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By: Harvey C. Mansfield
Posted: March 9, 2015

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A review of Philosophy Between the Lines: The Lost History of Esoteric Writing, by Arthur M. Melzer.


t is not easy to say just how good a book Arthur Melzer’s Philosophy Between the Lines is. It does not constitute the discovery, or recapture, of the great books and of their relevance to us, which was the accomplishment of Leo Strauss in the previous century. But it derives, as he says, from Strauss’s Persecution and the Art of Writing (1952) and provides an important introduction to the great books and to the character that shows them to be great, their esotericism. Today most everyone would freely admit that a great book offers a challenge to the mind, that to understand it requires a penetrating mind. “Esotericism” is the perfection of this requirement: let that begin a definition of the term.

A great book is the presentation of a great mind, one that reaches beyond its time to a universal audience, past and future. It draws from the experience of the past and from other great books preceding it, and it seeks an audience willing to question the assumptions of its time. Yet, because a great mind must live in a time, a great book addresses its time as well as a universal audience. To address one’s own time one must live within its assumptions; to reach beyond one must question them. With the recognition of a double need to assume and to question one arrives at the necessity for a double addressing, to a double audience, each side at odds with the other. With the necessity of addressing a double audience, one arrives at the necessity of esotericism, and of its twin, exotericism.

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Happily, Arthur Melzer, a professor of political science at Michigan State University, does not reason as abstractly as this. For this easy deductive reasoning makes esotericism seem altogether reasonable: the experts speak abstrusely to one another and have a simpler language for those who have no need for the finer points of truth. Melzer starts, however, from the resistance to esotericism in our time, precisely on the part of our experts, our intellectual historians and philosophy professors, who do not merely overlook the existence of esotericism but also, when confronted with it, deny its very possibility. It is amazing to consider how so much evidence of esotericism is so widely disregarded and, when brought to the attention of the experts, so resolutely, even ferociously, denied.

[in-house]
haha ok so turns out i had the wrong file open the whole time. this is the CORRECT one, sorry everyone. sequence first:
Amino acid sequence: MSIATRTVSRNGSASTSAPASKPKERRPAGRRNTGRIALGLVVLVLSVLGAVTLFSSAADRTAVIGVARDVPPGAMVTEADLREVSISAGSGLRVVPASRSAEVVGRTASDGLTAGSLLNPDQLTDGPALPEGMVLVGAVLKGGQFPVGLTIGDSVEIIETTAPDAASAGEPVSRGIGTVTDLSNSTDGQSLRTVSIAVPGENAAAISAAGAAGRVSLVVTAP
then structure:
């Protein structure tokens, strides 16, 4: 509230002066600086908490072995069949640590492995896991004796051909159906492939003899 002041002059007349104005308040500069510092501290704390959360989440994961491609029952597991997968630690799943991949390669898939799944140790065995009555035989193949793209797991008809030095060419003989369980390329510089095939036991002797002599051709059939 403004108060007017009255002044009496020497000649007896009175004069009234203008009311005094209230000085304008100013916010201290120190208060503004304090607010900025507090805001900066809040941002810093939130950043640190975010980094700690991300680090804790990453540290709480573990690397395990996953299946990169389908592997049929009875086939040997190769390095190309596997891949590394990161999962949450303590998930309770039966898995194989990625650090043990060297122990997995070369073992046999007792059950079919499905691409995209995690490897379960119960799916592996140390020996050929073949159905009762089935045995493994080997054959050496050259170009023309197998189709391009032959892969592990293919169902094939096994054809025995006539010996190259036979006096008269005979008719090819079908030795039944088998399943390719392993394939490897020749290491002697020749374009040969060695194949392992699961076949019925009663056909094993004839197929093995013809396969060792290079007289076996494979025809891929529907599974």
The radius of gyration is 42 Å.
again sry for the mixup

Melzer presents some of “the hundreds of statements by philosophers from every historical period openly testifying to the use of esoteric writing.” From this task of collecting from so many sources, he shows just how much empirical evidence of esotericism there is for modern scholars to resist. Of course he had to accomplish his compilation unaided by the citations or the annotations of these scholars, who have managed to suppress normal human curiosity over secretive communication and to deflect their own announced scholarly goal of analyzing the historical importance of ideas. How could it happen that something so reasonable, so well attested, and so intrinsically interesting as philosophic esotericism has had what he calls a “lost history”?

Looking again at “esoteric” and “exoteric,” one sees that their meaning is not so simply distinguished as “permanent” differs from “timely.” The timely has interest for the philosopher as well as the permanent. The timely is what draws us to the concerns of the day, which means of the mortal human body with its preservation, comfort, and reproduction. In sum, it represents the social and the political, altogether the environment of the mind. Our minds, the rulers of our reason, may be directed toward what is universal and permanent, but they are encased in mortal, fragile bodies that require attention. Their care diverts us from exclusive preoccupation with the whole of things to these mundane concerns. But on reflection, one realizes that the whole must include ourselves, and so must comprise what is intelligible to our minds plus what is not.

Pursuing this conclusion, one sees that what is not intelligible seems to be the resistance to reason that arises from our personal concern, or the care for our bodies. Thus resistance to reason seems to be a permanent quality of the whole of things, shown in the chanciness of events—unintelligible—and the idiosyncratic aberrations of our minds—unintelligent. What is timely for us is also permanent in us. So the philosopher has something to learn about the whole of all things from the whole constituted by politics, the whole that is part convention of our time, part our permanent nature. In politics the philosopher sees the combination—the mixture in which we live—of reason and resistance to reason.

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Can human reason overcome the human resistance to reason? Can the philosopher’s reason become what is today called “public reason”? In other words, can the difference between reason as it appears to the philosopher and as it appears in politics be overcome? Can the esoteric become generally known and thus overcome its difference from the exoteric?

In modern times, this feat has been attempted. So the difference between philosophy and politics—thought to be permanent by the ancients and their followers ever since—came to be regarded as temporary by modern philosophers. Their esotericism needed to continue for a time until prejudice and superstition were defeated, and then the world could prosper and bask in the condition called Enlightenment. In the time of Enlightenment a permanent change could be instituted in human societies that would overcome resistance to reason and make both esotericism and exotericism unnecessary.